The world market for filters and filtration systems in 2010 reached $45 billion. The automotive filters represent the largest market segment. The filter as a medium for separate solid suspended particles from water and air amounts to $25 billion in the same year. The fastest growing segment is the liquid cartridge filter, good for $13.6 billion. Other markets include liquid macro-filters ($1.3 billion), fabric based filters ($2.3 billion) and cross flow membranes used in reverse osmosis ($1.9 billion). The Chinese market is with 14 percent the fastest growing consumer of filters in the world. However in 2010 China still represents a net importer of equipment. This is soon expected to be reversed. In view of the continuous expansion of the market, China will become by 2015 the second largest consumer of filters in the world after Japan.
The narrowly defined market for indoor air filters reached $6.6 billion in 2010. A wide portfolio of techniques removes solid particles as diverse as dust, pollen, molds, bacteria and even dust mite feces from the air. The cleansing of the air avoids the distribution of airborne contaminants that could otherwise lead to the sick building syndrome. The air quality improves through simply physical and mechanical barriers, ultraviolet radiation, air sterilization with ozone, activated carbon and electrostatic removal. Commercial and office buildings represent the largest segment, closely followed by industrial facilities. Demand for highly efficient filters is concentrated in the electronics sector, while producers of solar cells have an increasing appetite for filters. While the residential market remains small, the expected growth rate of 5.2 percent is well above the growth of the world economy. The pursuit of healthy indoor conditions, especially in polluted urban environment is translated in this continuous expansion of demand.
The use of filters generates a back pressure. As the filter is designed to remove ever smaller particles, the air flow pressure continues to drop. Thus, the more performant the filter, the more energy is required to maintain the overall efficiency of the air circulation system. This implies that most energy efficient filtration systems, actually are the least efficient separators of particles. The search for innovation has therefore focused on filtration technologies that improve removal while dropping the required energy input. This has lead to innovative approaches like the use of Ti02 (Titanium dioxide) nano-particles and ozone. While the replacement of a mechanical process with a chemical process successfully reduces the airborne contaminants, these approaches to clean indoor air create hazardous by-products. The substitution of physics with chemistry is an innovation that is best avoided.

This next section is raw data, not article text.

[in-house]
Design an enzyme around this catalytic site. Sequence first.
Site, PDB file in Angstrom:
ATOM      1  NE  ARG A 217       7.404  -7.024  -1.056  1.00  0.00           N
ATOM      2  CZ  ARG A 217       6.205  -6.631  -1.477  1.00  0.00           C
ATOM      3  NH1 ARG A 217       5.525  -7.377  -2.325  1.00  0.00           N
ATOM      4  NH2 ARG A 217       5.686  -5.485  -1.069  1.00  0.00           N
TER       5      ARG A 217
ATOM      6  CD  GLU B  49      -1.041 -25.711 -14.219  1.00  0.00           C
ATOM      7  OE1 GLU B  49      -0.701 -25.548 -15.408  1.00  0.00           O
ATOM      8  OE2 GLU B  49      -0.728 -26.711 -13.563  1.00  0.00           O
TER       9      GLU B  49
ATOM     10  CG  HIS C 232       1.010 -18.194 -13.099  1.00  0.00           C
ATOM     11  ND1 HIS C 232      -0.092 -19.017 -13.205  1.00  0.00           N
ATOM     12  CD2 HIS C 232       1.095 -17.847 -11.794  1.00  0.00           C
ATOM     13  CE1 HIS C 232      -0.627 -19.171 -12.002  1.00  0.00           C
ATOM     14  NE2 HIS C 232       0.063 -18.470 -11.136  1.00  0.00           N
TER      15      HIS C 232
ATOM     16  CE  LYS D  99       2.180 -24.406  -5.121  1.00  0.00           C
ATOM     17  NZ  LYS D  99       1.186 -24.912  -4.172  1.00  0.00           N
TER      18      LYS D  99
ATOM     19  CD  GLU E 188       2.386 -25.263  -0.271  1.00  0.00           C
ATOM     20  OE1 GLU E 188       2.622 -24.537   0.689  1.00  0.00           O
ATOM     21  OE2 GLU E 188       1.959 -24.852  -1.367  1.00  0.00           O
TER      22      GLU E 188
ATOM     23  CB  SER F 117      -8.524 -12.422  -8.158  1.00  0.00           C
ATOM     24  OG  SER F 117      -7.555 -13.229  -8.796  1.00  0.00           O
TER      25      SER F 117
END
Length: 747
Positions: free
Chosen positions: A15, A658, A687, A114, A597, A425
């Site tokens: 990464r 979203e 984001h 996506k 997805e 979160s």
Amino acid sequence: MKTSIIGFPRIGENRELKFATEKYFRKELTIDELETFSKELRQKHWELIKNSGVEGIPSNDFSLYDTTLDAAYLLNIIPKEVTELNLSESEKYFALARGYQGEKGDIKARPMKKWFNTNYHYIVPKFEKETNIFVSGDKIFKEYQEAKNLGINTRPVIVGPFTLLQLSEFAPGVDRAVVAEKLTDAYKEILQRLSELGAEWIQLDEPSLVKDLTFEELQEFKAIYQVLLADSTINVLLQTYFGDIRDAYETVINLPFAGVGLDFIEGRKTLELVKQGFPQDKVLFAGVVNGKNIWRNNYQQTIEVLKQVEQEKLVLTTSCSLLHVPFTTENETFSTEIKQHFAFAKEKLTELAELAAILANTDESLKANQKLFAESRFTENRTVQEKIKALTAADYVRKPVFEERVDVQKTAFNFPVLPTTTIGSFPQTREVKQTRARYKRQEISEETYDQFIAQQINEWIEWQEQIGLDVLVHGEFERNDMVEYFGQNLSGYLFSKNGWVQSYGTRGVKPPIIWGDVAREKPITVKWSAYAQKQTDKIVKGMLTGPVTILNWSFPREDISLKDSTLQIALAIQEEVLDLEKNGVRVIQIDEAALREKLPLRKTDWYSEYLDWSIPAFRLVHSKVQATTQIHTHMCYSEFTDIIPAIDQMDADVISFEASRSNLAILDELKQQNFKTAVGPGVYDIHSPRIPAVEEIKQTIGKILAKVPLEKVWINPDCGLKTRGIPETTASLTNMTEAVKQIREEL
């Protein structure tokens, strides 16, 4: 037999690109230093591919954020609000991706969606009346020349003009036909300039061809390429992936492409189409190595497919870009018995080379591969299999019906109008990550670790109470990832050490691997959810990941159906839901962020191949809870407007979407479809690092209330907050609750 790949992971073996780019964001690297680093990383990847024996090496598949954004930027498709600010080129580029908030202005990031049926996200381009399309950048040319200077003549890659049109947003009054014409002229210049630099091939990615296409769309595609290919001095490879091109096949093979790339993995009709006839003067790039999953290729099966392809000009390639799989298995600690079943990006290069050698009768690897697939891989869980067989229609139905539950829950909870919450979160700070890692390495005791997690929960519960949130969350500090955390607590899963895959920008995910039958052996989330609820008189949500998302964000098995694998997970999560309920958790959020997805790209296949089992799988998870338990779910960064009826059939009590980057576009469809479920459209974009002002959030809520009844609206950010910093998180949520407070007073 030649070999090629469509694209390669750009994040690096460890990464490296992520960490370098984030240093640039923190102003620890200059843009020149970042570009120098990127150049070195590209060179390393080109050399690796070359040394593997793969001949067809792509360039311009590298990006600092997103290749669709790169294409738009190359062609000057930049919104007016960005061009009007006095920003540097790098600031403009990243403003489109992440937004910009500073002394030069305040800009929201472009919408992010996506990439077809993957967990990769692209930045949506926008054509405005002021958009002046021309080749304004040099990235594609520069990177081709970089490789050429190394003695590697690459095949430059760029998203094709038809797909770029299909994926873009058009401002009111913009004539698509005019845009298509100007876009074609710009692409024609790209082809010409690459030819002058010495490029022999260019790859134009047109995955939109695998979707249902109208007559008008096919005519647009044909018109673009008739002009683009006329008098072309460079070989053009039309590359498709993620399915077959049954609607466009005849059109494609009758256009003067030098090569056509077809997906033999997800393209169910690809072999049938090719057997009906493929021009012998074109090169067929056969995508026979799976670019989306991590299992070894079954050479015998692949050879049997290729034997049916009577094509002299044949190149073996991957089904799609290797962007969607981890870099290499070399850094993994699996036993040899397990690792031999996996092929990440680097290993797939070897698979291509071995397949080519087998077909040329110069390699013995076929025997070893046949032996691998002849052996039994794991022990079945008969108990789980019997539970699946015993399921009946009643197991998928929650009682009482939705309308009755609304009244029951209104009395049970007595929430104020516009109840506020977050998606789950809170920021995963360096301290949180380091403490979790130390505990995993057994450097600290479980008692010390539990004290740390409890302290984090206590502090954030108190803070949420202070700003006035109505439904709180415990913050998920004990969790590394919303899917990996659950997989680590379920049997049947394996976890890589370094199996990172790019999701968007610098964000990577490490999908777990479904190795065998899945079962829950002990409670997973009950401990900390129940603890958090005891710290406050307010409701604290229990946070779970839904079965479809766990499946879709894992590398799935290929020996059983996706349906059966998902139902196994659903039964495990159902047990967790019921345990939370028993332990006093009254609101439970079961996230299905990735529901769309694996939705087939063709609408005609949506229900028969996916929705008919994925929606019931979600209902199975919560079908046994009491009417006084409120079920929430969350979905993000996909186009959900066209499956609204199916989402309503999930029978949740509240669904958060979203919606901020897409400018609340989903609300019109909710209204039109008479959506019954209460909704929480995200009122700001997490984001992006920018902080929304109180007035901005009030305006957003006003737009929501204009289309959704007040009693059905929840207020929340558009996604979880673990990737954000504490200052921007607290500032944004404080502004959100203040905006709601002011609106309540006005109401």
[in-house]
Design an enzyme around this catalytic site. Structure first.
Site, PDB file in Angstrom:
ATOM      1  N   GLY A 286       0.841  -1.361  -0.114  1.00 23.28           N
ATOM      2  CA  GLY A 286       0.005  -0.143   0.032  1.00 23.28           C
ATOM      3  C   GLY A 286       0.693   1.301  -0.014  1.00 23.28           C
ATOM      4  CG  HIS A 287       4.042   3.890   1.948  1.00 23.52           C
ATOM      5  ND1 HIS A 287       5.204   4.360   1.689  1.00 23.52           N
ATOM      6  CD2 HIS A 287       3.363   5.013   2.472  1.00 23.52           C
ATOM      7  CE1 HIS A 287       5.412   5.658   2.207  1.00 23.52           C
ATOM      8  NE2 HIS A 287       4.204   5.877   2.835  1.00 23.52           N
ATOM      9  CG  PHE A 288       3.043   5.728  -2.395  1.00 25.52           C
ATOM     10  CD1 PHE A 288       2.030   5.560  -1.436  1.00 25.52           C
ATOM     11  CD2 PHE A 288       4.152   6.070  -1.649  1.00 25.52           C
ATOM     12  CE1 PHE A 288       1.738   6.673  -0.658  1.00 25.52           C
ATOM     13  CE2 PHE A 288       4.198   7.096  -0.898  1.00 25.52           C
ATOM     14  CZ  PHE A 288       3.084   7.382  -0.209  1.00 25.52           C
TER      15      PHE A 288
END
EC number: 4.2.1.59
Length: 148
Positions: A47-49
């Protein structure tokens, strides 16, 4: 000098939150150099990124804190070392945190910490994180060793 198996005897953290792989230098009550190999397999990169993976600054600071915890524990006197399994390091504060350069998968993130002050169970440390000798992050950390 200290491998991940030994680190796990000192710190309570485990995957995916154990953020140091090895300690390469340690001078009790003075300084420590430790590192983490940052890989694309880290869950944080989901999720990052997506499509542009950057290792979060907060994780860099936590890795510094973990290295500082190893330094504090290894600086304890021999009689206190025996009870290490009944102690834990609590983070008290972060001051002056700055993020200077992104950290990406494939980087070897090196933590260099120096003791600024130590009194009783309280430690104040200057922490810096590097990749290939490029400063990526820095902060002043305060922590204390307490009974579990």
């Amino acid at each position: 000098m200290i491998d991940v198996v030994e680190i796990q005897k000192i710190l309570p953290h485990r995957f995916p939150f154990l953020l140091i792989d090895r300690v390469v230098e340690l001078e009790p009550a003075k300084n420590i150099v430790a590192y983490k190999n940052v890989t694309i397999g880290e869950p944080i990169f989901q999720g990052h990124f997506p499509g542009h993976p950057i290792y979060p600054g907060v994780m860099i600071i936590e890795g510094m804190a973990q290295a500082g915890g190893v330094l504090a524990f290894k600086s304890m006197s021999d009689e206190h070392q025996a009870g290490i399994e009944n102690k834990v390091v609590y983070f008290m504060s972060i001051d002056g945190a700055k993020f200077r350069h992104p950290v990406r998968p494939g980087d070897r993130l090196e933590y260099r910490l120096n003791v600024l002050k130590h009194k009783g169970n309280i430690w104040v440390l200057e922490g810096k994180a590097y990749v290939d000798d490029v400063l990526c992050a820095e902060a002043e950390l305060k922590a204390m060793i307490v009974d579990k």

Professor Lars Thofelt observed how particles that float around the globe in the atmosphere somehow drop down into the rainforests. He wondered how plants, soil and water interplay in an ecosystem whereby solids are carried thanks to air flows through plants, stick to the leaves and ultimately are washed on the soil where everything decomposes and generates more soil. He observed that the majority of buildings have a warm and dry indoor air and imagined a method to add humidity. This reduces the irritation of the mucous membranes while at the same time it purifies the air. He also noted that tiny particles stick to larger ones. These typically get caught by the ventilation filters but once these bigger ones dry out, the smaller ones are set free again. The natural filtration system of the human body is not capable of blocking these out.